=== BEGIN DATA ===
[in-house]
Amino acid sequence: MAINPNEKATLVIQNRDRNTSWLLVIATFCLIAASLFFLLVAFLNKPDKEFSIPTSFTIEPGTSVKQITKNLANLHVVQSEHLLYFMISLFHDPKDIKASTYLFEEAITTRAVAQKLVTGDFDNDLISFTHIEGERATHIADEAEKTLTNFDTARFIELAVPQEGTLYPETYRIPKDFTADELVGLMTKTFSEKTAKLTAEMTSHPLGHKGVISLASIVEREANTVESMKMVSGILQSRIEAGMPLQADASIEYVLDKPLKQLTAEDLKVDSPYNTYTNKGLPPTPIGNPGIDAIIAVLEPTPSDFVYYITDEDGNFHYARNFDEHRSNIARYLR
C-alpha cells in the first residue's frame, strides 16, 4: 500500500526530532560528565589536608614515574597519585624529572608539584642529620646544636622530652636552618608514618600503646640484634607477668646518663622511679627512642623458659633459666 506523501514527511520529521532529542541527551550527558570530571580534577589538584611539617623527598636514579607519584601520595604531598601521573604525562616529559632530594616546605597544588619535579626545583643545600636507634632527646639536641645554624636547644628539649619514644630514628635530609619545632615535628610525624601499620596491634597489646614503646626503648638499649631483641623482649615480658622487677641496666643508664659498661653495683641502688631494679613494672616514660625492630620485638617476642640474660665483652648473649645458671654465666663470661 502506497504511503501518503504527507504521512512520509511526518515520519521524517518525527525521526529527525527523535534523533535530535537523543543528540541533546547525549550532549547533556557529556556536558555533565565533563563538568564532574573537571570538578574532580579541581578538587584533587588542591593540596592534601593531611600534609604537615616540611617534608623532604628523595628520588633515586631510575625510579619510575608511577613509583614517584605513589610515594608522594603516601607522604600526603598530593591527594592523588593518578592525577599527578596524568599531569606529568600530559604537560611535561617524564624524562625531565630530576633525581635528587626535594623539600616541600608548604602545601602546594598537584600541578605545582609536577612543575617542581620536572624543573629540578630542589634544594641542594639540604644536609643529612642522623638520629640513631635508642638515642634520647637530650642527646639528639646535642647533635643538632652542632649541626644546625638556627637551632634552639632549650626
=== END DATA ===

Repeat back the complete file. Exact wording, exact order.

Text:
[in-house]
Amino acid sequence: MAINPNEKATLVIQNRDRNTSWLLVIATFCLIAASLFFLLVAFLNKPDKEFSIPTSFTIEPGTSVKQITKNLANLHVVQSEHLLYFMISLFHDPKDIKASTYLFEEAITTRAVAQKLVTGDFDNDLISFTHIEGERATHIADEAEKTLTNFDTARFIELAVPQEGTLYPETYRIPKDFTADELVGLMTKTFSEKTAKLTAEMTSHPLGHKGVISLASIVEREANTVESMKMVSGILQSRIEAGMPLQADASIEYVLDKPLKQLTAEDLKVDSPYNTYTNKGLPPTPIGNPGIDAIIAVLEPTPSDFVYYITDEDGNFHYARNFDEHRSNIARYLR
C-alpha cells in the first residue's frame, strides 16, 4: 500500500526530532560528565589536608614515574597519585624529572608539584642529620646544636622530652636552618608514618600503646640484634607477668646518663622511679627512642623458659633459666 506523501514527511520529521532529542541527551550527558570530571580534577589538584611539617623527598636514579607519584601520595604531598601521573604525562616529559632530594616546605597544588619535579626545583643545600636507634632527646639536641645554624636547644628539649619514644630514628635530609619545632615535628610525624601499620596491634597489646614503646626503648638499649631483641623482649615480658622487677641496666643508664659498661653495683641502688631494679613494672616514660625492630620485638617476642640474660665483652648473649645458671654465666663470661 502506497504511503501518503504527507504521512512520509511526518515520519521524517518525527525521526529527525527523535534523533535530535537523543543528540541533546547525549550532549547533556557529556556536558555533565565533563563538568564532574573537571570538578574532580579541581578538587584533587588542591593540596592534601593531611600534609604537615616540611617534608623532604628523595628520588633515586631510575625510579619510575608511577613509583614517584605513589610515594608522594603516601607522604600526603598530593591527594592523588593518578592525577599527578596524568599531569606529568600530559604537560611535561617524564624524562625531565630530576633525581635528587626535594623539600616541600608548604602545601602546594598537584600541578605545582609536577612543575617542581620536572624543573629540578630542589634544594641542594639540604644536609643529612642522623638520629640513631635508642638515642634520647637530650642527646639528639646535642647533635643538632652542632649541626644546625638556627637551632634552639632549650626